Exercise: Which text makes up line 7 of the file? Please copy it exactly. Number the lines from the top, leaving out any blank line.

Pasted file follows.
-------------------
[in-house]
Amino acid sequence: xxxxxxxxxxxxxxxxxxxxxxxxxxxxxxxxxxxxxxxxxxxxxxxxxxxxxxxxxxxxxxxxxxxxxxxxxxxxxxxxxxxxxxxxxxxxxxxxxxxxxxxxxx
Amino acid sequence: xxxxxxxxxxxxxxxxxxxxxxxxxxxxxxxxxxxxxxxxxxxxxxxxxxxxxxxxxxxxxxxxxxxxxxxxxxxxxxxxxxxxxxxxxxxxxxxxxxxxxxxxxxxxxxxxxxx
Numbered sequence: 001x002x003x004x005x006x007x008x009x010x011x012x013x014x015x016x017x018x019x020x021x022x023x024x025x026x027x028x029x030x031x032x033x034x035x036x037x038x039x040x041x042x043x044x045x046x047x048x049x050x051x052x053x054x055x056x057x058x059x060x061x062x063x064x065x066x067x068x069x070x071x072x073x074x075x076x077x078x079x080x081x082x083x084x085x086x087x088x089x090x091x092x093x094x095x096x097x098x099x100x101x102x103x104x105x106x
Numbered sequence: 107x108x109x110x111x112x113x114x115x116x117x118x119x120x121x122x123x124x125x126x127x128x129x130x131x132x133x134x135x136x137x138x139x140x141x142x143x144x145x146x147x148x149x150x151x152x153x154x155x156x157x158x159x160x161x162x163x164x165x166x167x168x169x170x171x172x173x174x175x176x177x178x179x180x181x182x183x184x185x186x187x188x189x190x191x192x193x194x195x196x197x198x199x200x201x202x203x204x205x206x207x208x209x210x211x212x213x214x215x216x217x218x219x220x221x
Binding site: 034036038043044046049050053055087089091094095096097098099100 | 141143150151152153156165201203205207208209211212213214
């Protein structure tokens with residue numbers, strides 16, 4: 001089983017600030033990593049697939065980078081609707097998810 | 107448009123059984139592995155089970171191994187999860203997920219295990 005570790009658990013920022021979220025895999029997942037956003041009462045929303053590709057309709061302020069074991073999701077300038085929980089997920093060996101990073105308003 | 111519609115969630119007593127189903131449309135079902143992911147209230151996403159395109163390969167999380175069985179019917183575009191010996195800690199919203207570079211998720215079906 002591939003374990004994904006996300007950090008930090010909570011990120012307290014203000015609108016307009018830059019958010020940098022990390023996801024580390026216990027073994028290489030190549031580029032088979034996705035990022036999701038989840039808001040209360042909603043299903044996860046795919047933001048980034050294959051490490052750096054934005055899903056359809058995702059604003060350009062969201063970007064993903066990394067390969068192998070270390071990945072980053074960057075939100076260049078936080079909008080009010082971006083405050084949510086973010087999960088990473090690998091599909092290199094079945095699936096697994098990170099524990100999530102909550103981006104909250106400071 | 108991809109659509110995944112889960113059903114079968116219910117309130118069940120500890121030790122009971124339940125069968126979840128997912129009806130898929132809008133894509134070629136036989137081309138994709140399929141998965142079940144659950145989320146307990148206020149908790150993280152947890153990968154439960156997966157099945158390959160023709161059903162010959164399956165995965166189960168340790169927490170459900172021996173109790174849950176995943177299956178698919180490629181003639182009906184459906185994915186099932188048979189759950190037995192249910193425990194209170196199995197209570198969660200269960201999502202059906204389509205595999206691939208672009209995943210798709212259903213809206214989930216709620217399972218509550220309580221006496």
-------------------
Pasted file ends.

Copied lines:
């Protein structure tokens with residue numbers, strides 16, 4: 001089983017600030033990593049697939065980078081609707097998810 | 107448009123059984139592995155089970171191994187999860203997920219295990 005570790009658990013920022021979220025895999029997942037956003041009462045929303053590709057309709061302020069074991073999701077300038085929980089997920093060996101990073105308003 | 111519609115969630119007593127189903131449309135079902143992911147209230151996403159395109163390969167999380175069985179019917183575009191010996195800690199919203207570079211998720215079906 002591939003374990004994904006996300007950090008930090010909570011990120012307290014203000015609108016307009018830059019958010020940098022990390023996801024580390026216990027073994028290489030190549031580029032088979034996705035990022036999701038989840039808001040209360042909603043299903044996860046795919047933001048980034050294959051490490052750096054934005055899903056359809058995702059604003060350009062969201063970007064993903066990394067390969068192998070270390071990945072980053074960057075939100076260049078936080079909008080009010082971006083405050084949510086973010087999960088990473090690998091599909092290199094079945095699936096697994098990170099524990100999530102909550103981006104909250106400071 | 108991809109659509110995944112889960113059903114079968116219910117309130118069940120500890121030790122009971124339940125069968126979840128997912129009806130898929132809008133894509134070629136036989137081309138994709140399929141998965142079940144659950145989320146307990148206020149908790150993280152947890153990968154439960156997966157099945158390959160023709161059903162010959164399956165995965166189960168340790169927490170459900172021996173109790174849950176995943177299956178698919180490629181003639182009906184459906185994915186099932188048979189759950190037995192249910193425990194209170196199995197209570198969660200269960201999502202059906204389509205595999206691939208672009209995943210798709212259903213809206214989930216709620217399972218509550220309580221006496």